The schedule supports Nash’s statement. PATCO employees gave attendees reproductions of the original 1969 schedule as a souvenir. At that time, trains ran every 12 minutes from morning peak until slightly after 9 p.m. every day, with hourly service through the night. Most weekday service still runs on 12-minute headways today, less in the evening, and every 45 minutes through the night. Trains run every 15 minutes on Saturdays and every 20 minutes on Sundays today, but PATCO is the only metropolitan-style rail line in the Philadelphia area that runs all night, every night. PATCO also brought some technical “firsts” to the transit industry: It was the first line equipped with Automatic Train Control, and it was the first to introduce fully automated fare collection using magnetic fare cards.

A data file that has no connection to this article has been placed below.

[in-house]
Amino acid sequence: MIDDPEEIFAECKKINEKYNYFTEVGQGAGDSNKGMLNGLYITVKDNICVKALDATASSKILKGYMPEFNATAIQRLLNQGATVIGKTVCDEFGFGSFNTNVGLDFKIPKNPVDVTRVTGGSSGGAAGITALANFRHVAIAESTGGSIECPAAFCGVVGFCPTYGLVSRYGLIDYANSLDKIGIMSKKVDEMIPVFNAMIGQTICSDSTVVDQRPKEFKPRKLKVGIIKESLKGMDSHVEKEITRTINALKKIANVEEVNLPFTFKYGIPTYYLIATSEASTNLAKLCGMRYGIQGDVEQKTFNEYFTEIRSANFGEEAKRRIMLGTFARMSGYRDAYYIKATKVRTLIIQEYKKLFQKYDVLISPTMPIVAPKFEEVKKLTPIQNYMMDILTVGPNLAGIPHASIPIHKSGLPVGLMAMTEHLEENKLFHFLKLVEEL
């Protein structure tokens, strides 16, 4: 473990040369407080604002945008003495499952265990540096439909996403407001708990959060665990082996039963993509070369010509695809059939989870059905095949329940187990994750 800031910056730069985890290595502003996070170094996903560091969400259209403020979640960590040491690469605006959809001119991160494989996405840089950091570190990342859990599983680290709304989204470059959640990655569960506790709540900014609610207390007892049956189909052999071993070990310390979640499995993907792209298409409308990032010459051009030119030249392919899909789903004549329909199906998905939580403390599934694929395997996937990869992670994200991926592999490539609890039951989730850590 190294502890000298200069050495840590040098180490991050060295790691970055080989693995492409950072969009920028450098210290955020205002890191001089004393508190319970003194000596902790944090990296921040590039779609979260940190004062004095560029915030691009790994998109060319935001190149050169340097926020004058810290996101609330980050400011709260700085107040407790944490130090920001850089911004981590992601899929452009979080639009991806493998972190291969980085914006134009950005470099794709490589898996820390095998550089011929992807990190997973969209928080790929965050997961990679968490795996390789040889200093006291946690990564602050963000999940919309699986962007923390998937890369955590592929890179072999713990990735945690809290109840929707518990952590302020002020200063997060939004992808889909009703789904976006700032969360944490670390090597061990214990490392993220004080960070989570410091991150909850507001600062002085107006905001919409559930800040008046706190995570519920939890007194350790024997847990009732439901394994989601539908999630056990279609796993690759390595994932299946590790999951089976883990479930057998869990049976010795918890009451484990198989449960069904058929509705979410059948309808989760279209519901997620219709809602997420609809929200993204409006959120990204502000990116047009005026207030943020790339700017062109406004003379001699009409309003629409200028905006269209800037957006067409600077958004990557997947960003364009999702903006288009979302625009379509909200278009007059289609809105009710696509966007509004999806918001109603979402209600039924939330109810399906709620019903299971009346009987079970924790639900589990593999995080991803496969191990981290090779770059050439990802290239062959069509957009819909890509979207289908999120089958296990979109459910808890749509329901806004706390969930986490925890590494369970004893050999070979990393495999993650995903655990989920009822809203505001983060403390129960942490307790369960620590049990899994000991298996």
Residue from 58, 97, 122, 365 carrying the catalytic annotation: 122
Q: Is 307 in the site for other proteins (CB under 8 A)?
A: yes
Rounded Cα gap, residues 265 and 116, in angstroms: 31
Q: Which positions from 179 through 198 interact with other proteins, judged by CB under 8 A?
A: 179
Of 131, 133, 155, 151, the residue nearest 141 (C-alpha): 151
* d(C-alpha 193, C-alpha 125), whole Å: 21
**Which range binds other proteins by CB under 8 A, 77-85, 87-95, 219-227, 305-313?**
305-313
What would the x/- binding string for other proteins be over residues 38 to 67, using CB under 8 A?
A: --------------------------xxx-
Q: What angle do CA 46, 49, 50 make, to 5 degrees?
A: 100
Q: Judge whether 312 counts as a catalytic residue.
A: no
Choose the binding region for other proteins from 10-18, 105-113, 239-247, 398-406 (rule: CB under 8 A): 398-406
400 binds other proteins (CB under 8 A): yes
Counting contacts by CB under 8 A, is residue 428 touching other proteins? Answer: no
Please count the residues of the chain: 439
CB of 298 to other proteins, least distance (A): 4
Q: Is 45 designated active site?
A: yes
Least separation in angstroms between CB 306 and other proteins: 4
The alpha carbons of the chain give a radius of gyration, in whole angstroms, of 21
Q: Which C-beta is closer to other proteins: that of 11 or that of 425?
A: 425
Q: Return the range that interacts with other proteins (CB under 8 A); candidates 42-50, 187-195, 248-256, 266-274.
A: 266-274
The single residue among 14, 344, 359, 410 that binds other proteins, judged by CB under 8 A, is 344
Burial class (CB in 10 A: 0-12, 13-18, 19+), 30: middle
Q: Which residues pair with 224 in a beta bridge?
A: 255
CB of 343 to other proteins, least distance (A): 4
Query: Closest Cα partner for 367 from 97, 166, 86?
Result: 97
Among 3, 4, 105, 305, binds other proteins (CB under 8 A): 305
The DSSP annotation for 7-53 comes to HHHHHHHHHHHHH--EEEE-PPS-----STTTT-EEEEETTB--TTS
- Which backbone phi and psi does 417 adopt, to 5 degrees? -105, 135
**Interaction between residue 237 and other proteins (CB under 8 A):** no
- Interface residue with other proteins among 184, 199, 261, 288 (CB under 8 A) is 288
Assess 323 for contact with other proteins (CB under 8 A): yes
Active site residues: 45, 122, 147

Thomas R. Hickey, PATCO General Manager for 18 months in 2001-02 and now Chief Development Officer for Virginia Railway Express (VRE, which operates commuter trains between northern Virginia and Washington, D.C.), expressed a slightly different view. “We were actually the first to get those features right,” he told this writer. Hickey mentioned earlier experiments with automatic operation on the shuttle between Times Square and Grand Central Station in New York, and with magnetic fare cards on the Illinois Central Electric in Chicago, which is now part of Metra. Regarding his own tenure as General Manager, Hickey said, “PATCO was just getting into middle age at the time” and added that decisions made during that era continue to influence PATCO today—especially the decision to keep and overhaul the original Budd cars. Hickey also said that “it was great to see everybody from the early and intermediate years collected for the event.”